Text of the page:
PPC Ian here. Today I’m thrilled to share a guest blog post by my good friend Francesca StaAna of AdMedia Online Ad Network. I’m a tremendous fan of AdMedia, their blog (in fact, I just guest posted there), and their entire team. So, when it came time to run the latest and greatest guest post here on PPC Ian, Francesca came to mind at the top of the list. I wanted to take this opportunity to sincerely thank Francesca and AdMedia for the awesome guest post. Without further ado, let’s jump into the things you should avoid when writing marketing copy!
All the best,
When it comes to creating ads and marketing materials, most people strive for stunning graphics and attention grabbing images. And while there’s certainly nothing wrong with that (your ads need to look awesome, after all), graphics can only take you so far. It’s important to note that design is only half the battle and you need to pay just as much attention to the actual content of your ads.
Unfortunately, some people seem to have forgotten this, which is why a lot of ads and content on the web miss the mark when it comes to converting their audiences.
Below is a list of the top “DON’Ts” that advertisers need to be wary of. Be sure to steer clear of these mistakes whenever you’re writing content for your ads and other marketing materials:
(1) Putting cleverness over clarity – Keep in mind that main reason why you write anything – whether it’s ad copy, a blog post or an email – is to communicate a message to the reader. You don’t write to blow people away with how witty you are or to show off your wide vocabulary (at least not in the real world); you write because you want to get a message across so that the person on the other end would take the necessary call to action.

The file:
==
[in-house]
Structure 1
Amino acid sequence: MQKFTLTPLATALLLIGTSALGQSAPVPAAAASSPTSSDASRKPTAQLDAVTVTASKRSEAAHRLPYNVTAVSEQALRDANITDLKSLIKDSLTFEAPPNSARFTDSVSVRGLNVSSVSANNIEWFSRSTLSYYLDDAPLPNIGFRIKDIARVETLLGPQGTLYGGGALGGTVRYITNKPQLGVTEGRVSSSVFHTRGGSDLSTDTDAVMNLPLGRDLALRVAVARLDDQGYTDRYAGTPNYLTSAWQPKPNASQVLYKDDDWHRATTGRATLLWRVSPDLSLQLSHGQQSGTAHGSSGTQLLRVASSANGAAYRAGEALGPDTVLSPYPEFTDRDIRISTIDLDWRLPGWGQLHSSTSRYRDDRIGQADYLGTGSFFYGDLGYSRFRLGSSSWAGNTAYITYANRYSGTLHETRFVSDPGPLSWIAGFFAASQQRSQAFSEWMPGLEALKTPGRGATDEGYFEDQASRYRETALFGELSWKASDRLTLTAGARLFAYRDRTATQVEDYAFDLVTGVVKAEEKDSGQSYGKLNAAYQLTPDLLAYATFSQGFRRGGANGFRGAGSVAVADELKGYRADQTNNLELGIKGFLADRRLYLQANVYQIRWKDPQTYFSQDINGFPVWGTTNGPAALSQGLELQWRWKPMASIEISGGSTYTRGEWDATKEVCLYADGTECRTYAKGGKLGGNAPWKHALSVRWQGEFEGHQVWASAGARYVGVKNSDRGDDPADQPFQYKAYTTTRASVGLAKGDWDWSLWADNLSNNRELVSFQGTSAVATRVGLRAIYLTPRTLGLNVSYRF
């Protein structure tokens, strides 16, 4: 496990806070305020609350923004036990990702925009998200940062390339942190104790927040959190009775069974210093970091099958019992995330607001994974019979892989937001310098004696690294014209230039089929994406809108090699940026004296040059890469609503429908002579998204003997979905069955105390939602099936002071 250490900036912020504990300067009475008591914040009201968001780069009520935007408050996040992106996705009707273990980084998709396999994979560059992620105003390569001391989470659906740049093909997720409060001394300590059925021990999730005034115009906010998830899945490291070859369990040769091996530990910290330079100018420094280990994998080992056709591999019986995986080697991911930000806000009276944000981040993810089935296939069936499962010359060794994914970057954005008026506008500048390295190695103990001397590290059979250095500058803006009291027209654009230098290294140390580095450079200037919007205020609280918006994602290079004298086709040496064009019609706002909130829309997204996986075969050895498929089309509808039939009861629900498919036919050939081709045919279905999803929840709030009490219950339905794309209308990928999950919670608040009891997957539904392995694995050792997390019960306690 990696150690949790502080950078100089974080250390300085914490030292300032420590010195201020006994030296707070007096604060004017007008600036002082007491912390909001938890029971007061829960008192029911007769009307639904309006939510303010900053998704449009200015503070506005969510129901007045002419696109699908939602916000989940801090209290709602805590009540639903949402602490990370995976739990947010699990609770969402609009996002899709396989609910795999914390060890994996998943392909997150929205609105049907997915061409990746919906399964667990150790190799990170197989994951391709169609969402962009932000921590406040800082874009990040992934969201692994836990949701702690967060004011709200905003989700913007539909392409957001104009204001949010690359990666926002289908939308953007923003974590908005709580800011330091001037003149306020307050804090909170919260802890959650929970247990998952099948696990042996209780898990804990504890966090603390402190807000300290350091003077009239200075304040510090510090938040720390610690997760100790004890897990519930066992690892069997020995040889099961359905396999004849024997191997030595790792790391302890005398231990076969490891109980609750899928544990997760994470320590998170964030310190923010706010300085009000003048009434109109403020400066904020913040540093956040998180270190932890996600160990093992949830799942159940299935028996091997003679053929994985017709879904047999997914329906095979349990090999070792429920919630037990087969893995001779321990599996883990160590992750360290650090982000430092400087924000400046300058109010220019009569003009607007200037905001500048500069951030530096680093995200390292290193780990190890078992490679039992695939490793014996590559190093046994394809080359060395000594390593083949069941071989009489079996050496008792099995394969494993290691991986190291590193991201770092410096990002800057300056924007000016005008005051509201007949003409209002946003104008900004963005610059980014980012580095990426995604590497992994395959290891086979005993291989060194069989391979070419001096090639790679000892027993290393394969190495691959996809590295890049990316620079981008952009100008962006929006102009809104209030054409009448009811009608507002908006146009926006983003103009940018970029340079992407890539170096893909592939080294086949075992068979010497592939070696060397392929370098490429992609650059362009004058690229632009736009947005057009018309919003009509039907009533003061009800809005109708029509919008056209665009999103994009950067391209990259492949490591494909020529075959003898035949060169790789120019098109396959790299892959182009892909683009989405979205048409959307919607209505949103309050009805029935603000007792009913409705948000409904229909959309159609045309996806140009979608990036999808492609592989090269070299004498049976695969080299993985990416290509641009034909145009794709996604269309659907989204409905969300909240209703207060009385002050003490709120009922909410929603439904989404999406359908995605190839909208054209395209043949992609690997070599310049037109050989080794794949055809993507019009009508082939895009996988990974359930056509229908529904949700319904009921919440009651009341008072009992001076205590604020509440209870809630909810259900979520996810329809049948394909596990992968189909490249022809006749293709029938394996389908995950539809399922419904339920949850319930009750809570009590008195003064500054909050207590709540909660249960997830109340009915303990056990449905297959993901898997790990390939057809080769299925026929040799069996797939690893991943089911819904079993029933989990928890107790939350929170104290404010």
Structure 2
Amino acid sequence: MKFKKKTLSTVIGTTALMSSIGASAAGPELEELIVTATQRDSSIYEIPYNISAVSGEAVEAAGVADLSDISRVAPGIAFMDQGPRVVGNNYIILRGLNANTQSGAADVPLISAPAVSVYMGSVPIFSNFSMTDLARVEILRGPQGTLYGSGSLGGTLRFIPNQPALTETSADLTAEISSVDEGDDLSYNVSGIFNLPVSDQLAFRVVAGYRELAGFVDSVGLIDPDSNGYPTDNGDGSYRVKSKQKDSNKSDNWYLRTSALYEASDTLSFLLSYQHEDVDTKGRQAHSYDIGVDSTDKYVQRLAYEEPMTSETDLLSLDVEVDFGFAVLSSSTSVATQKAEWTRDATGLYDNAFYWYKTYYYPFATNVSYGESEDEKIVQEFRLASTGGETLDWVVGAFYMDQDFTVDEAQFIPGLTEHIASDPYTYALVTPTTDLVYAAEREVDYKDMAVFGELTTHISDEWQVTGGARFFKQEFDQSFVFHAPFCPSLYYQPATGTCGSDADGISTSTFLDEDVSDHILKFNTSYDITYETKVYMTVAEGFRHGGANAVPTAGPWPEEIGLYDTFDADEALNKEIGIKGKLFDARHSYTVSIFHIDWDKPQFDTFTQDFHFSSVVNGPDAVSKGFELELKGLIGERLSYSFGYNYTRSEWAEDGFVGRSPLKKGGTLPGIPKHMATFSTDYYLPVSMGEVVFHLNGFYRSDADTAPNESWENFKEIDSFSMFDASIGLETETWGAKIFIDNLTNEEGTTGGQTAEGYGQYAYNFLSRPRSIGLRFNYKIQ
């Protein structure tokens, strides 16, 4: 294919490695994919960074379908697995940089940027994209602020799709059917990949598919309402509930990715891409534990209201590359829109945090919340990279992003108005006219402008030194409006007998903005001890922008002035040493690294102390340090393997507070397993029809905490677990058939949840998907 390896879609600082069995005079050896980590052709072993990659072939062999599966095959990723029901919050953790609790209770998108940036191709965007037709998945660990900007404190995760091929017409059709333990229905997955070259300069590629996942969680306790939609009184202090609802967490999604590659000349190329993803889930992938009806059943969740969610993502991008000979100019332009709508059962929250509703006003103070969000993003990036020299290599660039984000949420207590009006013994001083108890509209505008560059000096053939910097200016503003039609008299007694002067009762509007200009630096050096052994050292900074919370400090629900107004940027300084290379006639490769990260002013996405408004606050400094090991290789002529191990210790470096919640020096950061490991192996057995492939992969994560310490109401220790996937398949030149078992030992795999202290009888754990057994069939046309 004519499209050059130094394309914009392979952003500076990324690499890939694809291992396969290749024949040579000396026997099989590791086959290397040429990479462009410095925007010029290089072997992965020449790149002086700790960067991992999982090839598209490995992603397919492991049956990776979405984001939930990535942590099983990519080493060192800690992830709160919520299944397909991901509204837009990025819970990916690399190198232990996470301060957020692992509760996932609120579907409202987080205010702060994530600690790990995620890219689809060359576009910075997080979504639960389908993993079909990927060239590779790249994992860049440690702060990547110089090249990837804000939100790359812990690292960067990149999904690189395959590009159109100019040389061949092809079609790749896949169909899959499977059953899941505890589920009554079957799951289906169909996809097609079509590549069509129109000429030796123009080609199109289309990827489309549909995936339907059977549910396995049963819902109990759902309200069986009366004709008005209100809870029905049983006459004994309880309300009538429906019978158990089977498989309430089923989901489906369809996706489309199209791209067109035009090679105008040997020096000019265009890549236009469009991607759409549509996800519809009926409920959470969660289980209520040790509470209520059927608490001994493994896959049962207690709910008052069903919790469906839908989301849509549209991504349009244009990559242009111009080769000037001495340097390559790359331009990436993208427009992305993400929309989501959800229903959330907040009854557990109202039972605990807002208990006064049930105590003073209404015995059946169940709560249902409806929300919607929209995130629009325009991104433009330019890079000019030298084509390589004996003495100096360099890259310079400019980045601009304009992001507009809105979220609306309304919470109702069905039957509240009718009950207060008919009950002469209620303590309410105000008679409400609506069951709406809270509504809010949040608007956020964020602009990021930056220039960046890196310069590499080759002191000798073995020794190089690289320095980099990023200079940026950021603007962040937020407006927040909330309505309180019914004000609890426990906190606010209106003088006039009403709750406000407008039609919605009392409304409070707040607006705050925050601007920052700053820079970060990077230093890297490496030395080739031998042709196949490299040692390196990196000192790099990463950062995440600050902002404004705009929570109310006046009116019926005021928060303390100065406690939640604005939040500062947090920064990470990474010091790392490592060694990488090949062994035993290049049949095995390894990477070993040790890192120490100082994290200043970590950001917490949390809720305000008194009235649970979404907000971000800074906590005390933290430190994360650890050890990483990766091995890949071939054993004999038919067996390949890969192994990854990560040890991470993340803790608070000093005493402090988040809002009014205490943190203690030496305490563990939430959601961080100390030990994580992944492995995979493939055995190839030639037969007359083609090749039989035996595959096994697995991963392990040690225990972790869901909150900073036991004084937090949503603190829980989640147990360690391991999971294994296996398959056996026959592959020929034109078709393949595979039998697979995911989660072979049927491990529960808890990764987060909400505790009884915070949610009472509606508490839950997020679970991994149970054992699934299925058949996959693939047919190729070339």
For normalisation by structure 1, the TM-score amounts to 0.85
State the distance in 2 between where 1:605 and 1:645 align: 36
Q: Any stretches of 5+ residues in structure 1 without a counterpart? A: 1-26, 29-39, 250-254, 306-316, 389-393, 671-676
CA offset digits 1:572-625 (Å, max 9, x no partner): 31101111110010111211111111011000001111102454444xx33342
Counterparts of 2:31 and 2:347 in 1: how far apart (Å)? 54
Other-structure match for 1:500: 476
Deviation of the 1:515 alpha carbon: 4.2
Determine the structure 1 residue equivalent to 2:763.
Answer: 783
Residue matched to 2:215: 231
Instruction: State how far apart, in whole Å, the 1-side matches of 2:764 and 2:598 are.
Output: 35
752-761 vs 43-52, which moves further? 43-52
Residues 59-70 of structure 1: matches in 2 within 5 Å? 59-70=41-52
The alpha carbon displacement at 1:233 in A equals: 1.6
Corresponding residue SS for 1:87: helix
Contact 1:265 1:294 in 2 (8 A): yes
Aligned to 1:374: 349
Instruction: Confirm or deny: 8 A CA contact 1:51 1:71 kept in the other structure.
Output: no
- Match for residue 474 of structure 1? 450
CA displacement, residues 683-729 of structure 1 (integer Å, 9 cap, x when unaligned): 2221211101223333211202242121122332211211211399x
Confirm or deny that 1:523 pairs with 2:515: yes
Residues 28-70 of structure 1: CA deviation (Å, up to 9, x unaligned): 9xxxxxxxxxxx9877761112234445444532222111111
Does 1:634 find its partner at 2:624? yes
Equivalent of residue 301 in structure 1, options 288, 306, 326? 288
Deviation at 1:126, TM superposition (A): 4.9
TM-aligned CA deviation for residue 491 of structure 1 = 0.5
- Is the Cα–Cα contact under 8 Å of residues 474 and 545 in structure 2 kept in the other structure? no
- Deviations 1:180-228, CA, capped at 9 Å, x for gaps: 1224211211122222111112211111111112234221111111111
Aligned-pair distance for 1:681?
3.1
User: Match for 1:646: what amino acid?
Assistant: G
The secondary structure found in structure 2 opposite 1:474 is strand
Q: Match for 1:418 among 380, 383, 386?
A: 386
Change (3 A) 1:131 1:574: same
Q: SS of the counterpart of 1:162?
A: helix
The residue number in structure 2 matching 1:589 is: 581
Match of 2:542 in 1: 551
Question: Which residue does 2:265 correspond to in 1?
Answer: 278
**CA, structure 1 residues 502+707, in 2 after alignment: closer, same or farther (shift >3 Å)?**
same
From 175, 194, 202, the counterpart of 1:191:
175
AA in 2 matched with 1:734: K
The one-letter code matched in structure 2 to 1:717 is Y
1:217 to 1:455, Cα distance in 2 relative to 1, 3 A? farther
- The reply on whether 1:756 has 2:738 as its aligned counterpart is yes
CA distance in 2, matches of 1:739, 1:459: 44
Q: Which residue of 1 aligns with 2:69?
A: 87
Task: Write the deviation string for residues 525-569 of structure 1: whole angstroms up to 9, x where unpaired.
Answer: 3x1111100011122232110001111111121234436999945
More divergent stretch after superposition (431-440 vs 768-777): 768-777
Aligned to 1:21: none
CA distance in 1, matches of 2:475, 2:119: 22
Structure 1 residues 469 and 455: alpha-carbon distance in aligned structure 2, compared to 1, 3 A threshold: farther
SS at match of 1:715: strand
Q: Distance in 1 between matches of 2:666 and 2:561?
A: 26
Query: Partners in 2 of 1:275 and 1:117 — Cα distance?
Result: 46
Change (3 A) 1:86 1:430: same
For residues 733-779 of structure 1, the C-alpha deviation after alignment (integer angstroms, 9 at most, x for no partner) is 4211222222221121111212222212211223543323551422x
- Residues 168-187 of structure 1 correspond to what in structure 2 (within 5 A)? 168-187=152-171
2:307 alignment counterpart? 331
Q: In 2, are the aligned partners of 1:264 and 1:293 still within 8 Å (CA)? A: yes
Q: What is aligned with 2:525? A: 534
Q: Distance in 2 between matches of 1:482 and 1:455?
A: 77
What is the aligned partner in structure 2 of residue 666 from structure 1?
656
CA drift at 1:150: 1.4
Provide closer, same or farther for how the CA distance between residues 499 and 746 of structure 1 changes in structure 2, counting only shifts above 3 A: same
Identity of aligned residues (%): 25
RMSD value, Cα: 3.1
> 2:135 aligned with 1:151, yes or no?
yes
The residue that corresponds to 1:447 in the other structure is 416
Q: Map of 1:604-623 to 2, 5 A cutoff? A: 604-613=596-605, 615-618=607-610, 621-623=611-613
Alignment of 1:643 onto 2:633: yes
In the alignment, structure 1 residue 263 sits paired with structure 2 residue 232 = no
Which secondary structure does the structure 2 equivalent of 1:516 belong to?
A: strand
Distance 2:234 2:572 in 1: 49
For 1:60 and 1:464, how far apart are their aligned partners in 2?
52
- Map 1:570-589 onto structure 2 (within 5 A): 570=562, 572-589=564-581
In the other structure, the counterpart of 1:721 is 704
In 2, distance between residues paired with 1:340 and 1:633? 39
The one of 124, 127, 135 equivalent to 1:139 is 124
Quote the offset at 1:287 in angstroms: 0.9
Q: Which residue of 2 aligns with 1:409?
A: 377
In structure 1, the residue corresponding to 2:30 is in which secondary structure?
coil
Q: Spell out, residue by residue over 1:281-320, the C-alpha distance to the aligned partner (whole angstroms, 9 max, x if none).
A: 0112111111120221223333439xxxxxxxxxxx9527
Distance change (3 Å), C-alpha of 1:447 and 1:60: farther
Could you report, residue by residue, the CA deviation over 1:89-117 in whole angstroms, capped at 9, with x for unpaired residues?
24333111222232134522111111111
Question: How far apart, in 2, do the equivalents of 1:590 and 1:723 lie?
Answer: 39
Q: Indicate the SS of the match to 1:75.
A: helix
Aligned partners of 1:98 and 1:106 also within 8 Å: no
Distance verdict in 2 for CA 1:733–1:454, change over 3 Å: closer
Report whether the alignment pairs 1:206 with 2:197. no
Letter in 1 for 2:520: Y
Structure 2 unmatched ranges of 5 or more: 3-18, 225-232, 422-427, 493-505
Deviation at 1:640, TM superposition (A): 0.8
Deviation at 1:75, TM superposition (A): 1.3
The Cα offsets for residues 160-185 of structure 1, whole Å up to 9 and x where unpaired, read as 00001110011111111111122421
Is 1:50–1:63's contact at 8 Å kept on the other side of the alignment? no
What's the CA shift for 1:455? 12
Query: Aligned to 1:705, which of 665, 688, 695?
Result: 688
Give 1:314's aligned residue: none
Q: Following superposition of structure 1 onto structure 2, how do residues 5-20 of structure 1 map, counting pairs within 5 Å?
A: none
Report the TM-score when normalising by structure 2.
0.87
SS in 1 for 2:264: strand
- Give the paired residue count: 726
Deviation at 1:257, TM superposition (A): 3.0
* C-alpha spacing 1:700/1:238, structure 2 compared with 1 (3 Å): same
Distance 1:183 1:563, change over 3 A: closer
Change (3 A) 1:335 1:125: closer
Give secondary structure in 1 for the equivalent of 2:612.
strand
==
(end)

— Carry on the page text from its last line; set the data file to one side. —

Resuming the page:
With that said, it’s essential to put your audience and your key message first when it comes to writing the content of your ads and marketing materials. While it’s perfectly okay to be witty and to inject some word play into your copy, don’t do it at the expense of what you need to say.
The challenge here of course, is striking that balance between being overly witty and insipidly direct. Be as clever as you can be, but make sure that the core message of your content doesn’t get lost in all that creativity.
Exceptions: There a few situations that can excuse people for being clever instead of clear. Trying to build up curiosity by being vague or mysterious on purpose is a good example of this.
(2) Being self-absorbed – Resist the urge to talk about your product/service too much, and instead focus on addressing the needs of your readers. While it may be tempting to go on and on about how great your company is, or how many awards you’ve won, remember that your readers don’t necessarily care about those things. What they do care about though, is making their lives better, more fun, or easier.
Keeping asking yourself the question of what’s in it for THEM? Determine the needs and wants of your customers and write your ad copy in a way that addresses those desires.
(3) Stressing features over benefits – Features pertain to a product’s or service’s unique aspects or components. Example: Rear bumper sensors found in new luxury vehicles.
Benefits on the other hand are the outcomes or underlying perks brought about by features. For instance, being able to park more quickly and easily is a benefit brought about by the rear bumper sensors mentioned above.
Recognize that there’s a huge difference between features and benefits, and when it comes to sales, highlighting the latter has proven to be more effective. When advertising your product or service, aim to go beyond the features.
List the components of whatever it is that you’re advertising think of what customers will get out of those features. You should then focus on selling those benefits and experiences rather just promoting a product’s functions.
Do you see these errors in the advertising realm? Share your thoughts in the comments below.
Author Bio: Francesca StaAna is from AdMedia, an online advertising network that connects advertisers to consumers through multiple channels including search, display, social, mobile, and more.